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Guest bvdtol

PMDG 737-XXX flying an orbit

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Dear all,I'm flying on Vatsim for a while now, and lately I recieved an instruction from atc I did not hear before: 'Fly a full orbit'.I now know that this is a procedure to fly multiple 360 turns around a fixed point until cleared to leave the orbit. But it is not the same als a holding pattern on present pos. How do you fly it in the PMDG 737-800? Is there a way to fly it by fmc and LNAV? Or do you simply keep turning around you HDGselect button (this would be a somewhat strange method I think)?I don't think I will be instructed to do this again soon, but it might always be helpful to know the procedure if it happens to me a next time.Help would be greatly appreciated, so thanks in advance.Bart van den Tol

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Really?!? I've never heard that one before, it certainly is not standard ATC phraseology in the FAA 7110.65 "ATC Bible." ATC should give you vectors and state something like "for separation."Anyway, in that situation I would use autopilot CWS mode to put her in a constant bank (maybe 15-20 deg) with some nose up to maintain altitude and autothrottle to maintain a safe maneuvering speed (maybe 210-220 clean). We are definitly VFR in this situation.Interesting.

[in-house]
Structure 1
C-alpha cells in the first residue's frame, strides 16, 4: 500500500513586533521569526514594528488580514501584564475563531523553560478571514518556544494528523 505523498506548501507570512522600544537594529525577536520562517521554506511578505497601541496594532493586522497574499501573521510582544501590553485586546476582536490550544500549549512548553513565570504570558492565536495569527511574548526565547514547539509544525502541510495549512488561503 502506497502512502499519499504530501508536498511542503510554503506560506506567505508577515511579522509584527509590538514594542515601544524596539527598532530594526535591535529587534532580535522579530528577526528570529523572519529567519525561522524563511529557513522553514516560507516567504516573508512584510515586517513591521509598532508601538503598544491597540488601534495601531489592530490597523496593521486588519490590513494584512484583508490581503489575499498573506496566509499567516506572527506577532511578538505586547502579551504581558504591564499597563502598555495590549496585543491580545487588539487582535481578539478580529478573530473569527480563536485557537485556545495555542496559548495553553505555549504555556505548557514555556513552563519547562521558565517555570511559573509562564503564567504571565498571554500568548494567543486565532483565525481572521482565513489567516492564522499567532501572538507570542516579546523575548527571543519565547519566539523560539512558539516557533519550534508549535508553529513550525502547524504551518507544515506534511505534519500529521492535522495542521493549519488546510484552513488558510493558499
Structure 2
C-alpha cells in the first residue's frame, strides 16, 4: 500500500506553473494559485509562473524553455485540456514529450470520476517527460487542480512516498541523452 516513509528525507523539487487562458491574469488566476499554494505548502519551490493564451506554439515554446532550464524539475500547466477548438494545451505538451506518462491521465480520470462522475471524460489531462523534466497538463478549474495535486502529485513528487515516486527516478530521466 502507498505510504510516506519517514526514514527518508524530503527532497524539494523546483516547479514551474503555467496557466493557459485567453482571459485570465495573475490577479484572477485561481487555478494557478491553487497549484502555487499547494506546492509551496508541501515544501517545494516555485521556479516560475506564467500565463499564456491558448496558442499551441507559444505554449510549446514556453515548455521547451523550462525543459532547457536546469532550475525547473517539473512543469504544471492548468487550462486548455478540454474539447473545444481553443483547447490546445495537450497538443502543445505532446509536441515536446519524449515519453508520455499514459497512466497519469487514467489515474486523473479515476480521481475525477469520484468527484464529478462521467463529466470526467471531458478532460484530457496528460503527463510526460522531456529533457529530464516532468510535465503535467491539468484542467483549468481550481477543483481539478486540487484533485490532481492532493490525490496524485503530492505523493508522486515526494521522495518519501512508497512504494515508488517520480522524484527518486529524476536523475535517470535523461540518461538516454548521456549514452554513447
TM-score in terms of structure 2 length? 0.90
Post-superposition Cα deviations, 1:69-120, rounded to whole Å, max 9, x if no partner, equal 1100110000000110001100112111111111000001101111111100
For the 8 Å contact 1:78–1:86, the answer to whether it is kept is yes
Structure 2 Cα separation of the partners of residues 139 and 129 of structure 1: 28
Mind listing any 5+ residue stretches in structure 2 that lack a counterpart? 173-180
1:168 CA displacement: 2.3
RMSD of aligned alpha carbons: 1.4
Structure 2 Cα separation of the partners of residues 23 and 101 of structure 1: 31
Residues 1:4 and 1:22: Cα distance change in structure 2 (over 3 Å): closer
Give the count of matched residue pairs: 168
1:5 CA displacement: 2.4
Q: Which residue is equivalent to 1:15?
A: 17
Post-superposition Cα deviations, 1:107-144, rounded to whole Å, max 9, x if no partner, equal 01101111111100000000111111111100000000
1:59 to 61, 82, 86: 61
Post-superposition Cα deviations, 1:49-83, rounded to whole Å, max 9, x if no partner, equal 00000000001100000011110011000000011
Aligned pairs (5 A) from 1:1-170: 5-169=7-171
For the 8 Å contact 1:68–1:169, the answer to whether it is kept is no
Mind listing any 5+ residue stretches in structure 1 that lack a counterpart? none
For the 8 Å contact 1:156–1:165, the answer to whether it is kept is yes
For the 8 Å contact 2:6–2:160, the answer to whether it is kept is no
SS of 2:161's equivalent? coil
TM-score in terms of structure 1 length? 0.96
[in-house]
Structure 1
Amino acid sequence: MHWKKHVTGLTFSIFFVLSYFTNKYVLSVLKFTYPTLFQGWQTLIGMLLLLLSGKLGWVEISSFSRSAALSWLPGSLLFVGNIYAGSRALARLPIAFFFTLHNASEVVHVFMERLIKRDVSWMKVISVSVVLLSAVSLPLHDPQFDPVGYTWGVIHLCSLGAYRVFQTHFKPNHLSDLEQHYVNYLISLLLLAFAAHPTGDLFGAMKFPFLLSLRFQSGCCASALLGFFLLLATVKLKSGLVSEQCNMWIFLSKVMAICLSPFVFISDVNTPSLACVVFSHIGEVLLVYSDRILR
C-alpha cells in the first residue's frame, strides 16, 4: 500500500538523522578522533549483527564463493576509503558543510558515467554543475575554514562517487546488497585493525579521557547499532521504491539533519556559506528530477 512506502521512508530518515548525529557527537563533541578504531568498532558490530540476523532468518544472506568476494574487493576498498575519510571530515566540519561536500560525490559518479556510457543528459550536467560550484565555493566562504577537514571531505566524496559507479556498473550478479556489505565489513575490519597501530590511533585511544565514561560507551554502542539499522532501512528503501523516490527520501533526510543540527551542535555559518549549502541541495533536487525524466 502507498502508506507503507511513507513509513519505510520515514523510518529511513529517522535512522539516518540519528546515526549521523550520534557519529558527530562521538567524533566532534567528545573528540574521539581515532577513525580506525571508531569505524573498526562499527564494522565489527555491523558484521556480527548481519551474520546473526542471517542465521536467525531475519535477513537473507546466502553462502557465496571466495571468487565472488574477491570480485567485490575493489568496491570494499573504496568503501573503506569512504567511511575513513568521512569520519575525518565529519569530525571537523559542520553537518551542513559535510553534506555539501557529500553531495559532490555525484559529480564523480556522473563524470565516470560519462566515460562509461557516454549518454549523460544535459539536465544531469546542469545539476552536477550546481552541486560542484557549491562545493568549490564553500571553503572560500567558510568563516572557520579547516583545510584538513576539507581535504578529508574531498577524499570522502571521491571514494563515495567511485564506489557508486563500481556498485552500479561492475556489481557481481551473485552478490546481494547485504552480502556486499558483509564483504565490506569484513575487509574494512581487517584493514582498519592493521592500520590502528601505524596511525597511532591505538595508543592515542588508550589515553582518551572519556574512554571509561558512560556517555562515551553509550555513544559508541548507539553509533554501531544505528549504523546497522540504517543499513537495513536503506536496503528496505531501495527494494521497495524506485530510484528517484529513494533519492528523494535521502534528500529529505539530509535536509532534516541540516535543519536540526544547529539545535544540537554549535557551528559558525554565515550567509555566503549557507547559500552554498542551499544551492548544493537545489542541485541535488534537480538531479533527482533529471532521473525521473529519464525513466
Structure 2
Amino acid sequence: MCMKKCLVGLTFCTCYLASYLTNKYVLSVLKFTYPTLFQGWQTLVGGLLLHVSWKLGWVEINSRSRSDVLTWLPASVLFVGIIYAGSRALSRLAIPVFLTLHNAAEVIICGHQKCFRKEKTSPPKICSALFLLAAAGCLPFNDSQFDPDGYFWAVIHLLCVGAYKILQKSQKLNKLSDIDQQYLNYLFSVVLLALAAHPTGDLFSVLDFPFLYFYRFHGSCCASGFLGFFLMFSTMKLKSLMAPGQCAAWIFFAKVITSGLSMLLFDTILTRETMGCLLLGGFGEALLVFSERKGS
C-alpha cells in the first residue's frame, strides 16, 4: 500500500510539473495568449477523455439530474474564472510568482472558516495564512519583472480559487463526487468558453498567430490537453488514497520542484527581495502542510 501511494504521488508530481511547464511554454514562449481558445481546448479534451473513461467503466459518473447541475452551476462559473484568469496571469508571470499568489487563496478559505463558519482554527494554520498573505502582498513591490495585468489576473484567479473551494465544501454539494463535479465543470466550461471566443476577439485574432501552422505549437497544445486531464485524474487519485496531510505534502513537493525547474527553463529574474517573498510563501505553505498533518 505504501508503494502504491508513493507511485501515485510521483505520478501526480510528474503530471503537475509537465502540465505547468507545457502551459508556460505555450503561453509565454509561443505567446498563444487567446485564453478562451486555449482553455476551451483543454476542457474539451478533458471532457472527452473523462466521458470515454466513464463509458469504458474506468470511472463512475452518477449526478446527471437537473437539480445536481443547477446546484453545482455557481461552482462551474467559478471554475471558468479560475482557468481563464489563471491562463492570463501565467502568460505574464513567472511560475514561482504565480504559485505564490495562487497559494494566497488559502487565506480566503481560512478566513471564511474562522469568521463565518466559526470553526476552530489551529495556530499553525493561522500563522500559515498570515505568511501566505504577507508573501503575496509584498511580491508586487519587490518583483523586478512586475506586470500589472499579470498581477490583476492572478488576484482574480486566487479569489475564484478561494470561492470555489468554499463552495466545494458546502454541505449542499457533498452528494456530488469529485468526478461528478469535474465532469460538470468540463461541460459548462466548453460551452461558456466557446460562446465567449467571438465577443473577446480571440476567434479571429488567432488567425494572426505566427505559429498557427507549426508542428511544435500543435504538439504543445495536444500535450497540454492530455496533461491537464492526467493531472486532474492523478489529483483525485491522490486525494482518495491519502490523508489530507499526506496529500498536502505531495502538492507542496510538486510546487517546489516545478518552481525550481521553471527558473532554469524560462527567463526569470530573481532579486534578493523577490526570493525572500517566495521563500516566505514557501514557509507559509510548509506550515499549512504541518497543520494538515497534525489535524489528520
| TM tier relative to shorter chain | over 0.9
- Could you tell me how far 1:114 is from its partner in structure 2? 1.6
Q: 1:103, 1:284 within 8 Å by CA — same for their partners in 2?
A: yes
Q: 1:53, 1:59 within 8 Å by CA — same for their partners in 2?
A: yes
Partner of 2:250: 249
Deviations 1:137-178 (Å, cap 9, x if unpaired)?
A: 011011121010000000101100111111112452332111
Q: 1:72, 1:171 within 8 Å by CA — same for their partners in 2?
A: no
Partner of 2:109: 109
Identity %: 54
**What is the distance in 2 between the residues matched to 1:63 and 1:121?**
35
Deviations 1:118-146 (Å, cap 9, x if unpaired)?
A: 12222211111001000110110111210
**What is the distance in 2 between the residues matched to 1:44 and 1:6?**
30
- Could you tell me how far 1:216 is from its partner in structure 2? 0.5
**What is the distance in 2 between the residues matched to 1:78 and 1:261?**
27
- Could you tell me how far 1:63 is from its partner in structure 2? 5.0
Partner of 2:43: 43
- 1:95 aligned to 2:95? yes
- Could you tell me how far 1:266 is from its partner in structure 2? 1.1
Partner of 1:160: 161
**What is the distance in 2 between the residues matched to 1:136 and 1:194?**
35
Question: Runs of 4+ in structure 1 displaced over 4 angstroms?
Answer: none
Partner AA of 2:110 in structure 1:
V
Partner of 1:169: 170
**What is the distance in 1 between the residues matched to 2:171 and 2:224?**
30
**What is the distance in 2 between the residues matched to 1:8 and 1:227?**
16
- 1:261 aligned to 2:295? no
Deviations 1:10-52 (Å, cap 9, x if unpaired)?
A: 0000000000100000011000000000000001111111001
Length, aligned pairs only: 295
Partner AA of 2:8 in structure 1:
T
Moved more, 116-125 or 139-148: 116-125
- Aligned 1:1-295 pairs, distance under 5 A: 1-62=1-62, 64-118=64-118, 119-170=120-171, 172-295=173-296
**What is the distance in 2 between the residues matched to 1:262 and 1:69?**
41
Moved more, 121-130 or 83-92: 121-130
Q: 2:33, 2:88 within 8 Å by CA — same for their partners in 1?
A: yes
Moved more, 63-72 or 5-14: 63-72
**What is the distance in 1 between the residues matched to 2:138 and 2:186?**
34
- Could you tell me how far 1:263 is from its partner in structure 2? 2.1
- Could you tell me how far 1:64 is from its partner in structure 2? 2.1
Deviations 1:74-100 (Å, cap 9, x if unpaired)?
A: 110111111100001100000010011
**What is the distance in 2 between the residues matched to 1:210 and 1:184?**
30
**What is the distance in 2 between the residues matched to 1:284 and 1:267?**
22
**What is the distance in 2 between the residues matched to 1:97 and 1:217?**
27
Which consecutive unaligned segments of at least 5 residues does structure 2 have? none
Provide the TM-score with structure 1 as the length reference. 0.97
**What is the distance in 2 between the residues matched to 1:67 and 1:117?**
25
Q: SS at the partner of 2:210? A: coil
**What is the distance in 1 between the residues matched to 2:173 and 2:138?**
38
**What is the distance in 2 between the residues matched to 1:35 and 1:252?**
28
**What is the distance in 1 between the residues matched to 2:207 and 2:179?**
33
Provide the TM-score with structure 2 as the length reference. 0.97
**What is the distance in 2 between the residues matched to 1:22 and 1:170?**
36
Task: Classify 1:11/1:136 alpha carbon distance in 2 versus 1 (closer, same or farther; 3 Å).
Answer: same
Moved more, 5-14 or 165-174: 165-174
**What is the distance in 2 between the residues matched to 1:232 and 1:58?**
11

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I think you are talking about a hold, which as Dan said is usually used for aircraft separation on approach. You usually hold at a navaid fix and just circle til released. This happens quite often heading into Boston where you hold around Providence. You can even program one with the FMC.

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The OP is correct - he is referring to an 'ORBIT'.This is basically just a 360 degree turn in the direction specified.I am ATC now for 12 years, and use it often. When I want delaying action longer than a dog-leg, but shorter than a hold, I issue the 'orbit' instruction. I only use it below about F250 when the speed is low 220~250 otherwise an orbit is huge and defeats the object.So, for instance, if you're flying on heading 360, or tracking direct to XYZ, then you will execute a 360 degree turn (either left or right specified by ATC) and continue either on the heading 360 or track back to the XYZ.I have always flown this manually, and as far as I know there isn't a way of programming the FMC for this...Cheers!

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I was indeed instructed to fly the orbit in a certain direction, namely to the right. In the documentation I've read, it seems to be a VFR procedure, but obviously I was flying IFR. It was however in the vicinity of the airport (alt around 3000 feet AGL and somewhere around 230 knots, lots of traffic).Of course a 360 degrees turn is easy to fly by hand, but the thing is that I understood the fixed center point of the ORBIT to be important. When I fly a 360 turn by hand and winds are interfering, it's practically impossible to make a perfect circle around that point.So: is the fixed center point really important, or does ORBIT just mean 'make a 360turn in direction X starting now'?Regards,Bart van den Tol(EHAM)